FCC ruling: Multiple ISPs not forced on MSOs
In a 3-to-1 vote that marked a huge win for the cable industry, the Federal Communications Commission declared in mid-March that cable modem service is an information service, rather than a telecommunications service, meaning MSOs are not required to allow outside ISPs onto their high-speed networks.
Time Warner Cable, however, is required to open up its network because of regulatory stipulations surrounding its merger with AOL. Phone companies, meanwhile, are still required to open up their networks to rival ISPs.
The FCC ruling didn't come down without an outcry, however. EarthLink Inc., which has multiple ISP arrangements with MSOs such as AT&T Broadband and Time Warner Cable, called the decision "bad law and bad policy."
"The FCC fails to make the fundamental distinction between how you treat regulated networks like cable systems and unregulated information services like broadband Internet access that travel over those networks," argued EarthLink Vice President for Law and Public Policy Dave Baker, in a statement. "Both statute and longstanding FCC precedent draw these distinctions, which the FCC chooses to ignore in [its] decision." Verizon Communications and the Media Access Project were among the FCC's critics as well.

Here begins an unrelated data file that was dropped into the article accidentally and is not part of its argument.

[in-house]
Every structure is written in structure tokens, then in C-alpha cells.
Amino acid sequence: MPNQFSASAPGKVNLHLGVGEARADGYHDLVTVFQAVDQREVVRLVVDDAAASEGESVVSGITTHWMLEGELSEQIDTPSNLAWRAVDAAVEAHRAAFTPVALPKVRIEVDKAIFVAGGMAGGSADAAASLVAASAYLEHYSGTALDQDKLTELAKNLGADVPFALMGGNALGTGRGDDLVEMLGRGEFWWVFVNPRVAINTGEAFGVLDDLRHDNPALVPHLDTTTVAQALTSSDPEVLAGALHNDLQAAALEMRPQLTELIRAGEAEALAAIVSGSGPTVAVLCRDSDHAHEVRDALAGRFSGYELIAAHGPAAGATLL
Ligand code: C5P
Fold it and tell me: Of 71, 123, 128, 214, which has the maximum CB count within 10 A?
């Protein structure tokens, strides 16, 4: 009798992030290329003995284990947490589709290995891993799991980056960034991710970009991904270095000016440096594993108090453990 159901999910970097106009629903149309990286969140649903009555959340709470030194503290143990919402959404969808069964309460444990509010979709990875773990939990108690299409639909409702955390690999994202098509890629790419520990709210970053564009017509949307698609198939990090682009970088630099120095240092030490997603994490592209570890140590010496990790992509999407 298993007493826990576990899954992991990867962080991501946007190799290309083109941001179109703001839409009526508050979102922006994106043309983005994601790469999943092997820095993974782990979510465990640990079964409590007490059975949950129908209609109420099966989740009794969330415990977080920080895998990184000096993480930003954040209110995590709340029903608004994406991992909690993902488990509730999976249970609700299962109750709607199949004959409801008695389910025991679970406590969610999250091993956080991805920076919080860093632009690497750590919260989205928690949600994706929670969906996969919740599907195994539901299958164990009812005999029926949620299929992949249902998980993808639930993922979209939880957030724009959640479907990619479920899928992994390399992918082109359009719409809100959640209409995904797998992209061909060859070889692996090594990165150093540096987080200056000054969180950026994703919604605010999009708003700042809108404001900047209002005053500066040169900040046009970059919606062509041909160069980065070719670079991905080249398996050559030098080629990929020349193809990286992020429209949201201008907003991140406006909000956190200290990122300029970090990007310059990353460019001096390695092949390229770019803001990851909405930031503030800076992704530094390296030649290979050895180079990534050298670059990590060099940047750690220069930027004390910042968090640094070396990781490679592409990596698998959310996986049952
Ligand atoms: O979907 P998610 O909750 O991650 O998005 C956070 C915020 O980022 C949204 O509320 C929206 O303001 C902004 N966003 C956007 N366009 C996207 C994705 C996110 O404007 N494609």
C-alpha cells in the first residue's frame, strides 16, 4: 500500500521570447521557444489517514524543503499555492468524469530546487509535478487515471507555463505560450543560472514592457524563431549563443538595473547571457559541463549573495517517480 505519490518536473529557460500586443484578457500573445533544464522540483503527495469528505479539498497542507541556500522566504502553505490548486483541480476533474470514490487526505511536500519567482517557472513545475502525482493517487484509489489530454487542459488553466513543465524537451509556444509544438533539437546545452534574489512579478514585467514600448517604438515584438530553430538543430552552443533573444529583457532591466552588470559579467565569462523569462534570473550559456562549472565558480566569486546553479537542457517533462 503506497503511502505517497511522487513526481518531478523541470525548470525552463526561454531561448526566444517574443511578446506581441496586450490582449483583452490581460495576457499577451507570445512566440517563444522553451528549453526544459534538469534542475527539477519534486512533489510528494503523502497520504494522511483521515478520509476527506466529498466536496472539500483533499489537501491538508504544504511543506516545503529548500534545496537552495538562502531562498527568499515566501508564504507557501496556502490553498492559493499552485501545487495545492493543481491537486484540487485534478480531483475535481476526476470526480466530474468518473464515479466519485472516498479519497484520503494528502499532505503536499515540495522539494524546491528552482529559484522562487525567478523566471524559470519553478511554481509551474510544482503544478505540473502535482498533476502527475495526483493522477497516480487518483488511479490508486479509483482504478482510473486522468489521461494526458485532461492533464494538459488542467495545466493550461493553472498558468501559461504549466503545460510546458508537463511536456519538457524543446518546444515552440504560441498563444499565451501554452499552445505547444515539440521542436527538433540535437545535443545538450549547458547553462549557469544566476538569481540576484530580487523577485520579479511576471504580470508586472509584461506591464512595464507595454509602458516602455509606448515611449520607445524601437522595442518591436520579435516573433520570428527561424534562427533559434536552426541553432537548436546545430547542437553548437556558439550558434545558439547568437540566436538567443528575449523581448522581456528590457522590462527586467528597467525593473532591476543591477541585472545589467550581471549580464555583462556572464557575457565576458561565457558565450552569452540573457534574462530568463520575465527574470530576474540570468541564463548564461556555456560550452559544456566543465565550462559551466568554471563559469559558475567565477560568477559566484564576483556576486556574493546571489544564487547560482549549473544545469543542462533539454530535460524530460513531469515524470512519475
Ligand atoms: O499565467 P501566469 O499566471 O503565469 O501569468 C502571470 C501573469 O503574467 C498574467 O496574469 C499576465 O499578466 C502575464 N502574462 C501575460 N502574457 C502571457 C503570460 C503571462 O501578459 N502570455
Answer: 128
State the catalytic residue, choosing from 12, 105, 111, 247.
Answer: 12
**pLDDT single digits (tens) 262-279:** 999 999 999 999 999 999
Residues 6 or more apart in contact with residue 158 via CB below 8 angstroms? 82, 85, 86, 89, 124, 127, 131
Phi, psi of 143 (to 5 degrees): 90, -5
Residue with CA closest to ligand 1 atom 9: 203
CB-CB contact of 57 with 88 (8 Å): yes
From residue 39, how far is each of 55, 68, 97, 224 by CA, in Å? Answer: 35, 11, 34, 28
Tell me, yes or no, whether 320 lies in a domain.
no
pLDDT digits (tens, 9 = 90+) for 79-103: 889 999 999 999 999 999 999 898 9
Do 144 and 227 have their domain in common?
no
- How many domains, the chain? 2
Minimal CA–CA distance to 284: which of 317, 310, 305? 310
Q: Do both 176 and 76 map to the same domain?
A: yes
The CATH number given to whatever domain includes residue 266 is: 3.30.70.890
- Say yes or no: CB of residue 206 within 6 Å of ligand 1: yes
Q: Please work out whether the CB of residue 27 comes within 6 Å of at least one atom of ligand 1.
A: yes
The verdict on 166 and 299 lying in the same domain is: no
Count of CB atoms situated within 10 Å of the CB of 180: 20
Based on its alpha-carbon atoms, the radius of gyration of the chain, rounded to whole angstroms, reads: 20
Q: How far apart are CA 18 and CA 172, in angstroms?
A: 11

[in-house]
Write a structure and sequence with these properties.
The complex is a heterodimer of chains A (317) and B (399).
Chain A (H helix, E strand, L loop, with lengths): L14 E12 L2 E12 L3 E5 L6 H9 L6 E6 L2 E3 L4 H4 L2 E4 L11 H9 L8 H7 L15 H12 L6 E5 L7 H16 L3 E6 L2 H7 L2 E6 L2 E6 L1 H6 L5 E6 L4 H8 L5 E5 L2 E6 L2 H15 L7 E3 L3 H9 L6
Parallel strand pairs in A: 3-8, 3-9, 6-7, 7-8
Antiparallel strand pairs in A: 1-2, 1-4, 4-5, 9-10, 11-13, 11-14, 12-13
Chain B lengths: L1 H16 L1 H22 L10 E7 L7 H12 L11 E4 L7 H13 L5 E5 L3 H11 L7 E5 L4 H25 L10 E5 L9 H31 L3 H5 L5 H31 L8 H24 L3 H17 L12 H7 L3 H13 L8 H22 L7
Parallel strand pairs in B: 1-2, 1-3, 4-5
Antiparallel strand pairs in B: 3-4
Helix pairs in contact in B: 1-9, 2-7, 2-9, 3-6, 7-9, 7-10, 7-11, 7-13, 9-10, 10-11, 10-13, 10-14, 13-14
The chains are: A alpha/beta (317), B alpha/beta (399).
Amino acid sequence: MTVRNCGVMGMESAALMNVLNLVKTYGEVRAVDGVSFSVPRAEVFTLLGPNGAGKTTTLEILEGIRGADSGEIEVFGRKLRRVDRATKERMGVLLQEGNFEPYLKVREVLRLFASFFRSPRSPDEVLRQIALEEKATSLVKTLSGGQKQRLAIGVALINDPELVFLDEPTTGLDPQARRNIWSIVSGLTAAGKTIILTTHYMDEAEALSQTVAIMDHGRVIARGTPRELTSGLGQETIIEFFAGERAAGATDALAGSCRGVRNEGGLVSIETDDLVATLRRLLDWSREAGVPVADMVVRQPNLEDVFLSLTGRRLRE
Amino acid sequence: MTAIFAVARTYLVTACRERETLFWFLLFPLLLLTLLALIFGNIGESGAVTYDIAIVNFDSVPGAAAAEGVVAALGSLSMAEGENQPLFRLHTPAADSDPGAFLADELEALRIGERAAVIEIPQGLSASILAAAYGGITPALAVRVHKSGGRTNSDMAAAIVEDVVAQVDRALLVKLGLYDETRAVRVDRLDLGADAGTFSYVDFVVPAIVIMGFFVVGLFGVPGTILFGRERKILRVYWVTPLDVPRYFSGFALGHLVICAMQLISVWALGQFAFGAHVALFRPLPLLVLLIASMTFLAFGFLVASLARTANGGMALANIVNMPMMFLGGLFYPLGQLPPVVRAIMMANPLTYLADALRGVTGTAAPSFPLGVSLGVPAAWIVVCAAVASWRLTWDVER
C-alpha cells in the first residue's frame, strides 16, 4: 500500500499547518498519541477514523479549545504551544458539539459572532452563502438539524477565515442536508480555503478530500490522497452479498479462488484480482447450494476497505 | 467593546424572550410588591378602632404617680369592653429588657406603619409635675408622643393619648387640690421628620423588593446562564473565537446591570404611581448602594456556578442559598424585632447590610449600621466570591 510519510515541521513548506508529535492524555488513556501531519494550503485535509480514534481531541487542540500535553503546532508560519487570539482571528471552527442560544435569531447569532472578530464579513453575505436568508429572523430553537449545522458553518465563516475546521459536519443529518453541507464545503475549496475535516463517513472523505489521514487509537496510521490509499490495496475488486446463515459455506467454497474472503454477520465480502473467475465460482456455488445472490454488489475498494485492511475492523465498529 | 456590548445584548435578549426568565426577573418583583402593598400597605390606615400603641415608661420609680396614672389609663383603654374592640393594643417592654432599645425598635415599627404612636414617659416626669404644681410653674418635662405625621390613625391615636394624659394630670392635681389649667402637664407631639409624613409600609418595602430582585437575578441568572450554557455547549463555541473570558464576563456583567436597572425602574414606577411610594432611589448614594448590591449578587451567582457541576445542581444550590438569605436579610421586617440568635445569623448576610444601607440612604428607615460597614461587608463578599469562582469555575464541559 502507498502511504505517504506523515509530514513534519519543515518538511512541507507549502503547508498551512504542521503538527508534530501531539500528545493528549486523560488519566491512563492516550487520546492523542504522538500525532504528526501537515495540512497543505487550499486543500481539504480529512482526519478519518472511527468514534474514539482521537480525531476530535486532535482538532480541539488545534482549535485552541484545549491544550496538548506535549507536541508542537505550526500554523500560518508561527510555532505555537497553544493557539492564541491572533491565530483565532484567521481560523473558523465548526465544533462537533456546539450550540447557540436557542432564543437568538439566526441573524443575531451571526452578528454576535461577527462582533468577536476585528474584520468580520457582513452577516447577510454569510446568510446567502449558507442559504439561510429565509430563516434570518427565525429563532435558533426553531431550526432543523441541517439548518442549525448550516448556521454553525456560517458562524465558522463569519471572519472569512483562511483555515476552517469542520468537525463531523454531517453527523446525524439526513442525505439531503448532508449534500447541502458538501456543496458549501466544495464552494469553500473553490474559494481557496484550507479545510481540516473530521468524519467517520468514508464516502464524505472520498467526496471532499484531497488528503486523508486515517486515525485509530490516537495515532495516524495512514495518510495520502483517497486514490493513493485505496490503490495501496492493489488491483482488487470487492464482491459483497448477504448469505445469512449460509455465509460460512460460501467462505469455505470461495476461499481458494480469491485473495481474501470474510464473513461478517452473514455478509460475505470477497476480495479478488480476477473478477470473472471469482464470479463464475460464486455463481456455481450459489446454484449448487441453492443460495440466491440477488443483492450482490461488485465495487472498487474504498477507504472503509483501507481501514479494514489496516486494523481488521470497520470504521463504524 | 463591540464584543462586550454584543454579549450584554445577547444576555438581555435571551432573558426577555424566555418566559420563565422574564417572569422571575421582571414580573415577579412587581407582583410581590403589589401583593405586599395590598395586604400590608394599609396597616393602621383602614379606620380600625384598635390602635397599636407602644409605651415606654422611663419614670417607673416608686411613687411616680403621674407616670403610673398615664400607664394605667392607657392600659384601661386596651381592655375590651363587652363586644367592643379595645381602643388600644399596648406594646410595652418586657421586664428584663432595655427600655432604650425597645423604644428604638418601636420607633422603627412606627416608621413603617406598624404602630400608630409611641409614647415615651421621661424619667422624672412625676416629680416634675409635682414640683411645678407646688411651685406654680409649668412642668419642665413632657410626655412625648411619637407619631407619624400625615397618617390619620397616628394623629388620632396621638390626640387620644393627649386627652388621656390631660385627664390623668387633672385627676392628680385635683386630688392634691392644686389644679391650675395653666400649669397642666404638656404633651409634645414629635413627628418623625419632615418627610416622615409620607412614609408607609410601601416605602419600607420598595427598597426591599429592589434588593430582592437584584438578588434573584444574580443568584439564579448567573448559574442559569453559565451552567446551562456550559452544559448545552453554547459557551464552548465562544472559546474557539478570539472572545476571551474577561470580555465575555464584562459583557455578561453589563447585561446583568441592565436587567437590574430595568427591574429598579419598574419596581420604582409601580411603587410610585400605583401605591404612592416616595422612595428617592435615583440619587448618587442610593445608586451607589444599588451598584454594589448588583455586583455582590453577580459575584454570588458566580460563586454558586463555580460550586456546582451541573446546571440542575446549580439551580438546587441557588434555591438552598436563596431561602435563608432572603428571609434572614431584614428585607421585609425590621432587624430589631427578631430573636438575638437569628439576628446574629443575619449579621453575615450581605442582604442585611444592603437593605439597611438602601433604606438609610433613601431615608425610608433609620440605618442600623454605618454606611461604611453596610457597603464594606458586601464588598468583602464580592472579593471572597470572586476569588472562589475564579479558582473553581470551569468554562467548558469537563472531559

The National Cable & Telecommunications Association countered that the ruling favors competition over regulation.
"Given the vigorous competition between cable modem, digital-subscriber-line and satellite-delivered broadband Internet services, a policy of regulatory restraint is particularly appropriate," NCTA President and CEO Robert Sachs said, in a statement.